Flames, by Wayne Littrell, is a motorcycle adventure novel. Sam Forest is a writer, who writes for fun. He buys a cruiser motorbike, and since he wants to write a book, he begins to travel for research. As luck would have it, a biker magazine employs him to write travel stories. Later on, Sam's brother dies, and the funeral procedure goes wrong, and all of a sudden, Sam becomes the target of a crime syndicate. After failing in their attempt to eliminate him, the Mob frames him. Now, he is a wanted man. In the meantime, while on a motorcycle ride, Sam meets Boudin, who later becomes his road dog. Being supported by Boudin and his clan members, will Sam be able to bring down the syndicate and exonerate himself?
Involving cops and veterans, this story gives insight into the biker lifestyle, and it includes a cremation process, fistfights, knife fights, gun battles, arson, and the chase of outlaw bikers. It exhibits several motorcycle brands. Moreover, it's well written, and the writing flows smoothly. It consists of a fast-paced and fascinating plot. Since it features the cultivation, selling and smoking of cannabis, I advise non-smoking teenagers to steer clear of it. You'll see high-octane action scenes that can keep you on your toes. There are a lot of bloody scenes, and if you don't read books with graphic violence, this read is not for you.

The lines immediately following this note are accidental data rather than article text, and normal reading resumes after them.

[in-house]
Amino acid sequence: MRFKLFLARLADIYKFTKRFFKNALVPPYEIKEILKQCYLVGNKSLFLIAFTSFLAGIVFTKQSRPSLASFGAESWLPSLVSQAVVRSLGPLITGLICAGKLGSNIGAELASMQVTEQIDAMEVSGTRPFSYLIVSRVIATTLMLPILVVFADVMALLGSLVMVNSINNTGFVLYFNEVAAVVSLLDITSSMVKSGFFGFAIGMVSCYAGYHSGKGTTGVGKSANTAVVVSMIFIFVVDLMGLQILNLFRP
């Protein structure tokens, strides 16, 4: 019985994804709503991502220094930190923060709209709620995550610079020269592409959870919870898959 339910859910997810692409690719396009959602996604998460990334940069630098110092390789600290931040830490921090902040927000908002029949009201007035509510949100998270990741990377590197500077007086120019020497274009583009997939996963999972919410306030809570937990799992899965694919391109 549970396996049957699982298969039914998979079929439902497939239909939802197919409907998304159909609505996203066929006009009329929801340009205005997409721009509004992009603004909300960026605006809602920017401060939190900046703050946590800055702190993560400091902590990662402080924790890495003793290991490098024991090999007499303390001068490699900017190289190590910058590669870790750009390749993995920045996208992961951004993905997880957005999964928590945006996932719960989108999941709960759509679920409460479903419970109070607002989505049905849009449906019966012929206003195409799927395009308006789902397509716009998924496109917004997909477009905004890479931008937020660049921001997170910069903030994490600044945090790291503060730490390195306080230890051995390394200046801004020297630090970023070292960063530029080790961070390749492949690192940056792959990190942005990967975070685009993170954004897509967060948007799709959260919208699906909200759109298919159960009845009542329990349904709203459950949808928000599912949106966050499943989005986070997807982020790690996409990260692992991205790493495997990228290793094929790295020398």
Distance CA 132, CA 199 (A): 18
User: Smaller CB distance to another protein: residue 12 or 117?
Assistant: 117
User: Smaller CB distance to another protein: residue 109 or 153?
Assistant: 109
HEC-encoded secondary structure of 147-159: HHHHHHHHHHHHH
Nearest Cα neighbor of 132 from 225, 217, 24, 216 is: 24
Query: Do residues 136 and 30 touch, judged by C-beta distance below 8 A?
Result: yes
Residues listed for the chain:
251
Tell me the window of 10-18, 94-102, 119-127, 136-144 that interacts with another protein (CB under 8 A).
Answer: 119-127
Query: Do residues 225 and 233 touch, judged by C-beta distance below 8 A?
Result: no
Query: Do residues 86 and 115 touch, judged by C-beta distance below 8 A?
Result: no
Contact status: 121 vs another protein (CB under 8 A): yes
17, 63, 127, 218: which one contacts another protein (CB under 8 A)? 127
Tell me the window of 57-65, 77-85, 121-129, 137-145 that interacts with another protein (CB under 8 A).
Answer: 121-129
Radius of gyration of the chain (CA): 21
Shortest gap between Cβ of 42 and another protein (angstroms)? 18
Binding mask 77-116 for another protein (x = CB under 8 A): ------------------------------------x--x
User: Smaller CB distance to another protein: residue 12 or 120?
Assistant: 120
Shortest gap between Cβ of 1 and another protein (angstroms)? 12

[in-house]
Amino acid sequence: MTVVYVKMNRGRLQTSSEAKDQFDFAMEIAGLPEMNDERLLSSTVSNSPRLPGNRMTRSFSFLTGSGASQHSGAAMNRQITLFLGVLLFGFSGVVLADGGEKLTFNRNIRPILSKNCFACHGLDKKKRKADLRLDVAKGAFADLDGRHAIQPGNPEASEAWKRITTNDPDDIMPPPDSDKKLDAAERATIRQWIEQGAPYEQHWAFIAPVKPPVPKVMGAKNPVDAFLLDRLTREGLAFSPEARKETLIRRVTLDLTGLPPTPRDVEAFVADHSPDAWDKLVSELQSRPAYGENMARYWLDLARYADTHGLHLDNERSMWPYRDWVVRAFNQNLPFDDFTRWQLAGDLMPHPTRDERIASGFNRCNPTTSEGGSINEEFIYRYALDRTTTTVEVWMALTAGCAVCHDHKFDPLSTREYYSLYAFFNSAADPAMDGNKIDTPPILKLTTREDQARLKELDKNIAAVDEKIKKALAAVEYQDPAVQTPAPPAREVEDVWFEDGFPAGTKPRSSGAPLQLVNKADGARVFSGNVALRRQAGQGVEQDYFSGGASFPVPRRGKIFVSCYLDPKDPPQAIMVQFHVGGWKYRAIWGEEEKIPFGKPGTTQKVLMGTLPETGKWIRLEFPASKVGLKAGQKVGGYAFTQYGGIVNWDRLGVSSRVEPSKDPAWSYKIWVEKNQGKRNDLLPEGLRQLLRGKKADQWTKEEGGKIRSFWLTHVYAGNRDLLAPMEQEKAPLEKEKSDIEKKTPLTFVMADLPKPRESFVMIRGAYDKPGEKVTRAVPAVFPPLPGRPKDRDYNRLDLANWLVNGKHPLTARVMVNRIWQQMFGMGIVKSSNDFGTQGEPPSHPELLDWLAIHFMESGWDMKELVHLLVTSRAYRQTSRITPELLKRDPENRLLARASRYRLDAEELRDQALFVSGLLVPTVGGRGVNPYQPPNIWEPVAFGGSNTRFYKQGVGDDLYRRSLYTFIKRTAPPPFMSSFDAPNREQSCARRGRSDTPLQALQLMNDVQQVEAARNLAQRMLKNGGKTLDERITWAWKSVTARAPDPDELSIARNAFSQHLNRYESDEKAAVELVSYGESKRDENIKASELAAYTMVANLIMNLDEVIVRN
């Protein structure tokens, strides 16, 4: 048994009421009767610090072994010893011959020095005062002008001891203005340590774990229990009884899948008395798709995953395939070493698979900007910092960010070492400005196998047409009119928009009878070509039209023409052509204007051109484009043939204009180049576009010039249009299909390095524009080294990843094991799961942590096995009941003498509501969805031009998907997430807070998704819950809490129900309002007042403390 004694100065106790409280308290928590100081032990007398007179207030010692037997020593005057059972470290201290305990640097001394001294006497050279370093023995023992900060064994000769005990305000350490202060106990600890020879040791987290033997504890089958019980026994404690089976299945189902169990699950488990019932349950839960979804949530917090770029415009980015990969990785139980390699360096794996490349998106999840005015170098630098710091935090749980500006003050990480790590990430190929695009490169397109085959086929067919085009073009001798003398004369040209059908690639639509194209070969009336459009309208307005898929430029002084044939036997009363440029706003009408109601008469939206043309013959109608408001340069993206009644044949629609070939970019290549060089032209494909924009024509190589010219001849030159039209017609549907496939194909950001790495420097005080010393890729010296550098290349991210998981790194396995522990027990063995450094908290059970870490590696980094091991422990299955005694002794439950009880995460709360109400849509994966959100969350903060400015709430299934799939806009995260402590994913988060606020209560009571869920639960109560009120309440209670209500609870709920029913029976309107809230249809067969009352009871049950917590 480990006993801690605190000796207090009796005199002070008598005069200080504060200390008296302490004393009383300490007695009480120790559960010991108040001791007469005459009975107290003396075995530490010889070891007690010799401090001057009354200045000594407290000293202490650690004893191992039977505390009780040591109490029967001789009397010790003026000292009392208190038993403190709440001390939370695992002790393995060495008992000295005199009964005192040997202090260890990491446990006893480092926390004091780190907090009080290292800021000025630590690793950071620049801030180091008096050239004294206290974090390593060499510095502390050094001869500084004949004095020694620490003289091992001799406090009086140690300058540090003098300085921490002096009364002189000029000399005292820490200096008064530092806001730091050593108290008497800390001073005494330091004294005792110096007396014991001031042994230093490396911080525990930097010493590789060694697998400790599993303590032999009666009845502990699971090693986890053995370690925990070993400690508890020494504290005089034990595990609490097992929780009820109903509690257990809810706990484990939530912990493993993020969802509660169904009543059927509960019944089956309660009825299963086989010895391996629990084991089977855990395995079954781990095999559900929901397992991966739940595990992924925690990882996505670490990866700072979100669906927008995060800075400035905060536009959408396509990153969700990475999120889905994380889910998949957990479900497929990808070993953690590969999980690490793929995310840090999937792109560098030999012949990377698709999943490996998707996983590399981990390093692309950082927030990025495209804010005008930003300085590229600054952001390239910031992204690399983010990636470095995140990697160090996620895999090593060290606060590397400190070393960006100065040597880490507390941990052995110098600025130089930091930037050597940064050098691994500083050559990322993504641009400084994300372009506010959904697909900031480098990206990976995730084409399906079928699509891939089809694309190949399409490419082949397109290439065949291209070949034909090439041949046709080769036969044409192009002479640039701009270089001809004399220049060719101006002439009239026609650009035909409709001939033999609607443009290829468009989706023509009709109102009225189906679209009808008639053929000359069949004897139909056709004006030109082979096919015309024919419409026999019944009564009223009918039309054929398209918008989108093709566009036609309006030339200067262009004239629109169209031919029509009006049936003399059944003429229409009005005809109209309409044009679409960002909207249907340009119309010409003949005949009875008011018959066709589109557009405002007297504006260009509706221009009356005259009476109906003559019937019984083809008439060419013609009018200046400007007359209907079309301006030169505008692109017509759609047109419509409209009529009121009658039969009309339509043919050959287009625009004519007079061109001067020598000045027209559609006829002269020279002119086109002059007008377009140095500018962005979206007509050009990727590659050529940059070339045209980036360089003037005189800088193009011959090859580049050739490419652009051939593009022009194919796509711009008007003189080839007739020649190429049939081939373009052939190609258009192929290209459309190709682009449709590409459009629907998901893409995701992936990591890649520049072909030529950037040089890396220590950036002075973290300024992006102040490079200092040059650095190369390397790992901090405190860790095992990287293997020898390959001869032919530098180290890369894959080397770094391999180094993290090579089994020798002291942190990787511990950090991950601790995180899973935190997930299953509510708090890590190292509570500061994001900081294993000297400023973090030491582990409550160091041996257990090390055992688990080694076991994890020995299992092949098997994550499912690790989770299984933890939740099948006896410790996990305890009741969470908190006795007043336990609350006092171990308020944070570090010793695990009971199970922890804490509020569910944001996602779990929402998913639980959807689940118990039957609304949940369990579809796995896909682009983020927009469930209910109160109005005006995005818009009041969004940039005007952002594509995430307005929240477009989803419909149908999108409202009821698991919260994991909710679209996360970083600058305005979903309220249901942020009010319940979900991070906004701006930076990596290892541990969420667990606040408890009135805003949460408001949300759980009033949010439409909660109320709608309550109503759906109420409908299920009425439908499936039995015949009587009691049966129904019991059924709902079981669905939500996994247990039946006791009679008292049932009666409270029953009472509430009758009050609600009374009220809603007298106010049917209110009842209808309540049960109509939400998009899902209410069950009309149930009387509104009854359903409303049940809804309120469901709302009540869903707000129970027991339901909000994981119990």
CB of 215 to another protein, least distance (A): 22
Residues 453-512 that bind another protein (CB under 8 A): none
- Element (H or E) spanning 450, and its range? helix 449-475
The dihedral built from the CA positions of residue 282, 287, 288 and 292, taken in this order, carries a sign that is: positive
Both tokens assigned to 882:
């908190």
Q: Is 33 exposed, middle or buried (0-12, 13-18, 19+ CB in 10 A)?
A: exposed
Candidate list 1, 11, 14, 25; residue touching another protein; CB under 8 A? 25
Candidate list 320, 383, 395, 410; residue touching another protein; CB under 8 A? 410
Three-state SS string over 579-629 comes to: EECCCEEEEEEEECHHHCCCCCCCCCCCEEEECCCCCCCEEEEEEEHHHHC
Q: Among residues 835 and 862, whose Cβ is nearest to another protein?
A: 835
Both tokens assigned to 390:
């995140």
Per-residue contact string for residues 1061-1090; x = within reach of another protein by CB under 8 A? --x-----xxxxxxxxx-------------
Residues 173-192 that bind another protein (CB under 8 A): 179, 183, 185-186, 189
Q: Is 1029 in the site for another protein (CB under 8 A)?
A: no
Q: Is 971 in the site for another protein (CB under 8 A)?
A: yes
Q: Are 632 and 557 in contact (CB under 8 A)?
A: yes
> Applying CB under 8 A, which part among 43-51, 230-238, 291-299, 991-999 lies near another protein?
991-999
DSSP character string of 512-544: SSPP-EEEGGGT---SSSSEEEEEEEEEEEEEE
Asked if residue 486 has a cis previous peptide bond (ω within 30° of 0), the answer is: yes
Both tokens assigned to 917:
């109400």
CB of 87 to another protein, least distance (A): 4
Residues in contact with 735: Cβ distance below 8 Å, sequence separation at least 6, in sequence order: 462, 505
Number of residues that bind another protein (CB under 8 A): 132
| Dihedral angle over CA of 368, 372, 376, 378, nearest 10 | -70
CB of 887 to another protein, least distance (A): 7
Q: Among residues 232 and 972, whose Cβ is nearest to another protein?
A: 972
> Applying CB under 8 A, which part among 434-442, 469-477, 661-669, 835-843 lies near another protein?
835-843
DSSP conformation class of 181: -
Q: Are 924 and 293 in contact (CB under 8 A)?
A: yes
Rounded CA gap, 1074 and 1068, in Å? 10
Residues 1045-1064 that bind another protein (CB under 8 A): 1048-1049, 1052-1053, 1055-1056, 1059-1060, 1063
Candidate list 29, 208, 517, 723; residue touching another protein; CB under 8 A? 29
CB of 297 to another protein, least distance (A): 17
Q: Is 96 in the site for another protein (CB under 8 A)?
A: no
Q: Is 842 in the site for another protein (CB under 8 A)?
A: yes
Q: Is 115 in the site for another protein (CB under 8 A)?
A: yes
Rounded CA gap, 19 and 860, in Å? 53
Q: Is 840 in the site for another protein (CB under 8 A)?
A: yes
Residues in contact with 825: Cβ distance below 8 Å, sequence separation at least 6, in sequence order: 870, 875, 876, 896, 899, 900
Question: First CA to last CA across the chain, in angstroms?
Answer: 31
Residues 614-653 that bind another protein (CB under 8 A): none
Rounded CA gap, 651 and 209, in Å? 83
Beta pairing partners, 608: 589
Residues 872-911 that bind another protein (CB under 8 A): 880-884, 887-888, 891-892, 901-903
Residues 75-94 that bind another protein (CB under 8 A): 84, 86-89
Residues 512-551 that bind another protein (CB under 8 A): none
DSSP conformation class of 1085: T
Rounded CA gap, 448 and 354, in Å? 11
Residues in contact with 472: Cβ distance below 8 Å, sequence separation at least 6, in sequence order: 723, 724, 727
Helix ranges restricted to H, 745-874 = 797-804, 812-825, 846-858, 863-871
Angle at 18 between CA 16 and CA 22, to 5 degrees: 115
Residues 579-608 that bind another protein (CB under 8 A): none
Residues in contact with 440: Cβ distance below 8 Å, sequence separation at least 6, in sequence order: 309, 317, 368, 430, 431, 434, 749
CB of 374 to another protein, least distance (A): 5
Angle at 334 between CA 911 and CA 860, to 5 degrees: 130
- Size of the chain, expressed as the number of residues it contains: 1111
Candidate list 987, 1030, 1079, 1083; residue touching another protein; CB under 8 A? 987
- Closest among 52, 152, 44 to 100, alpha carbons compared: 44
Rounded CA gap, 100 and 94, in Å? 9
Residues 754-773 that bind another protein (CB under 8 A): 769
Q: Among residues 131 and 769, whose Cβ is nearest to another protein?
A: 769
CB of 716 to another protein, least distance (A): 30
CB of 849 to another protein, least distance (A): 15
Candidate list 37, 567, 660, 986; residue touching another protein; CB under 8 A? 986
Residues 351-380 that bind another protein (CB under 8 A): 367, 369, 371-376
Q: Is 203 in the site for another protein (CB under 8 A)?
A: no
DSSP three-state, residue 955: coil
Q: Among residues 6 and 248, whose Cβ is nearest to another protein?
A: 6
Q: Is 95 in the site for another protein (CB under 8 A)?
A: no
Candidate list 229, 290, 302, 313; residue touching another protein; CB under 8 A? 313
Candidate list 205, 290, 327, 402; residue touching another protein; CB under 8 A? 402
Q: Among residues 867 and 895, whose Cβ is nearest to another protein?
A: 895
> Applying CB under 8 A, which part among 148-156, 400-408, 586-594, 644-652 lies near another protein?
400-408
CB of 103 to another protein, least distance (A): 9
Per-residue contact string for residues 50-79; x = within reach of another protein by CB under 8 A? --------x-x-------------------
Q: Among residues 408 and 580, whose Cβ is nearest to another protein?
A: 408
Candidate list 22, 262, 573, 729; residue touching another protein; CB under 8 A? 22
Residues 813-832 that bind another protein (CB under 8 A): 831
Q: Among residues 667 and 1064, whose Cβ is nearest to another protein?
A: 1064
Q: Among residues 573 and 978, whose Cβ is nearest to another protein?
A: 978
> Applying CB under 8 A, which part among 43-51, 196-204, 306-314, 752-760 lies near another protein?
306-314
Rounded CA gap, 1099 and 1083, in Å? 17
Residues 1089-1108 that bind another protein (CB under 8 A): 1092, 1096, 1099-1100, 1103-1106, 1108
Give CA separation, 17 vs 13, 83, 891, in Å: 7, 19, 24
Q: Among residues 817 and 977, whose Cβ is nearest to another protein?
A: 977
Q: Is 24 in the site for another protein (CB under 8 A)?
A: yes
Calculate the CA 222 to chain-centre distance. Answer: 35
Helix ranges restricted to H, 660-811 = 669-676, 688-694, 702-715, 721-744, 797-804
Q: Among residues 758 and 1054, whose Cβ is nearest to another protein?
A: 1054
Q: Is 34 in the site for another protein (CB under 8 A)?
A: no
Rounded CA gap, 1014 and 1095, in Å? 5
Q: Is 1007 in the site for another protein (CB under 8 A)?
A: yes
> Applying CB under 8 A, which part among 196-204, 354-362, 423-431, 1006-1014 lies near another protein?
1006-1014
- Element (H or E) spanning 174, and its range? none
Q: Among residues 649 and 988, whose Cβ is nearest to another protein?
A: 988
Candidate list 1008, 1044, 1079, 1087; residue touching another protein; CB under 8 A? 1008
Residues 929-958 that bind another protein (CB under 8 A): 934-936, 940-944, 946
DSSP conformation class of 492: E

I commend the author for his ability to write entertaining scenes with intense suspense and a comedic tone. He was quite successful in creating a vivid bikers' world for a reader to inhabit. Indeed, his narration proves that motorcyclists are never tied down; they are always in a state of departure or arrival. During his journey to save his life and get back his freedom, Sam meets and falls in love with a female biker, who is a widow. Though the author narrates it superficially, the romance aspect is decent and realistic.
After the narration, there is a glossary that explains the biker terms used. Afterward, you'll see some defensive riding tips to help you stay safe when riding. Some photographs were included in the book, but I couldn't identify the motorcyclists shown. The author should have added captions to the pictures. The characters were described in an interesting manner. Wayne provided sufficient background, personality, and physical details for both the major and minor personae, and that made it easy for me to relate to them. Most of the characters are loyal, fearless, tough-minded, and always ready to fight. They are friendly, but they hate it when someone messes with them. Since the text was professionally proofread, I saw just one typo.
Overall, the narrative is intriguing, entertaining, and enlightening. In order to show readers some safe riding habits, the author provided an engaging tale. Thus, I rate it 4 out of 4 stars and recommend it for motorcycle enthusiasts and fans of travel stories.